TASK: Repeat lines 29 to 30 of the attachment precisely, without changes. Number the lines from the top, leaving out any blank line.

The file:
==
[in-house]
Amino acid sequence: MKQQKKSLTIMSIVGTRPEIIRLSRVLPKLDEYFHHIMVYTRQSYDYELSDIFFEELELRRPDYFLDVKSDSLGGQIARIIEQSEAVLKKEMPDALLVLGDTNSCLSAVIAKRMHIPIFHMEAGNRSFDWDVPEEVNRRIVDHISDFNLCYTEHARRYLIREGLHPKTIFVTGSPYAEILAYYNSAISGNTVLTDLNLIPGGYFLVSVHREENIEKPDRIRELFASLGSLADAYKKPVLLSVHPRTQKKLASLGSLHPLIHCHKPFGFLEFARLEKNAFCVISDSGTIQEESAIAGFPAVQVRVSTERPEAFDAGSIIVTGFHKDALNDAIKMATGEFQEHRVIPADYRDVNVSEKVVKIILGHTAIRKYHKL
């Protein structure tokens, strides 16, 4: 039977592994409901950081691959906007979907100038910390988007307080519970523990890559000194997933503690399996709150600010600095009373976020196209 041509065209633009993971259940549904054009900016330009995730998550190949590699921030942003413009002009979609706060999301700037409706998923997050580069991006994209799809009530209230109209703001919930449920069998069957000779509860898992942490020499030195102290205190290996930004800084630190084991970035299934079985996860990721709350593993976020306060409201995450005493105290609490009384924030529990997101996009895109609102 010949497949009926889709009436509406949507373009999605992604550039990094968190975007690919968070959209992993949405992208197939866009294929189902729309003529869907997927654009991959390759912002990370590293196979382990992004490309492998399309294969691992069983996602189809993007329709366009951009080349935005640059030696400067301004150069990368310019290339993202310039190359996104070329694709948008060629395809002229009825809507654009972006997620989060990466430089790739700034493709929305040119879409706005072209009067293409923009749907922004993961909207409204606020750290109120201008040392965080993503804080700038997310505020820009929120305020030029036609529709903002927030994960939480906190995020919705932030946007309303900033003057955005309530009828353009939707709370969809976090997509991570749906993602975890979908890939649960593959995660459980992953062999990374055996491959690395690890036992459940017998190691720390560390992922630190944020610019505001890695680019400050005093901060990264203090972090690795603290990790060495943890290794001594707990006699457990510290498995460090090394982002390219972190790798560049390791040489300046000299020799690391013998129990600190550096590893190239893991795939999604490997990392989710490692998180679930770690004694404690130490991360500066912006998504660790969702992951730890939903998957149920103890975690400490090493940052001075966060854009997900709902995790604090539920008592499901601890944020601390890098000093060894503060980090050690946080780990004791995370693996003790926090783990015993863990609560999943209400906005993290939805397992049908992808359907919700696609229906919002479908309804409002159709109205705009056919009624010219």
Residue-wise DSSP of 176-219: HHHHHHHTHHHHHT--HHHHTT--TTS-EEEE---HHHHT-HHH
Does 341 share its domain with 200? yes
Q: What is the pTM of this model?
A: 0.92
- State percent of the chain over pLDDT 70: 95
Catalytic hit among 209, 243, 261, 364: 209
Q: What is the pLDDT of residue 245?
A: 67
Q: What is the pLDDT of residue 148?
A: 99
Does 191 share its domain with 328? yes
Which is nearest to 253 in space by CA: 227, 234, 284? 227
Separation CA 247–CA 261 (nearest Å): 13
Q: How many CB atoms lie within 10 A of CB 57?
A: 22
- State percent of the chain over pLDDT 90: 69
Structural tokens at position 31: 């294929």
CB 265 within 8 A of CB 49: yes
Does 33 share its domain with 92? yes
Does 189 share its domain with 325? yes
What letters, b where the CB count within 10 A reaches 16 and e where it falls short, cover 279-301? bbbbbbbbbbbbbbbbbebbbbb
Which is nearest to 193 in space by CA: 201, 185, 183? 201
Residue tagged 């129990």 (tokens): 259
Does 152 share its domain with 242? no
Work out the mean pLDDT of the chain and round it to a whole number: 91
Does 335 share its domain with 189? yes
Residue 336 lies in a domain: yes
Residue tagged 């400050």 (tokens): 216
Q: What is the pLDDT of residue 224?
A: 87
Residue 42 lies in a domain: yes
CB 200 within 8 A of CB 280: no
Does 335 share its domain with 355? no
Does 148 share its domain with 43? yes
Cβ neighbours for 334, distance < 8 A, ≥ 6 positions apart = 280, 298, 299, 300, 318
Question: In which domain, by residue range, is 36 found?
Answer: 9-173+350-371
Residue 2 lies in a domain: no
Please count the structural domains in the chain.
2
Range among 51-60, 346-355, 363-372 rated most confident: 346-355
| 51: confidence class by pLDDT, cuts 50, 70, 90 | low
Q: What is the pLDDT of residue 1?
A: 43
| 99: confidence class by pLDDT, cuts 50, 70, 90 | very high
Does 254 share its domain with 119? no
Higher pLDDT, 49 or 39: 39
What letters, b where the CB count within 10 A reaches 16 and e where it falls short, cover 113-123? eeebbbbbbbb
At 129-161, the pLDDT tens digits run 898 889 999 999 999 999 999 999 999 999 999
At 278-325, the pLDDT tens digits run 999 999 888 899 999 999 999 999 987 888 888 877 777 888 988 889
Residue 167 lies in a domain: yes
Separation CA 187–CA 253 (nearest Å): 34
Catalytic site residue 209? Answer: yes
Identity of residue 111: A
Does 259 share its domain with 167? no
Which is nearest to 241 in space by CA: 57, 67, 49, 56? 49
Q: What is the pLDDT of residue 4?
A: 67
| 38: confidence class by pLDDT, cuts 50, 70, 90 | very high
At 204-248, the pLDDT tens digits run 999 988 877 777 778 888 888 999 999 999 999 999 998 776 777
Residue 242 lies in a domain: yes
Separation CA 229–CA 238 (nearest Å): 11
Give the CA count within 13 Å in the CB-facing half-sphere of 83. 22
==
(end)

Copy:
Does 335 share its domain with 189? yes
Residue 336 lies in a domain: yes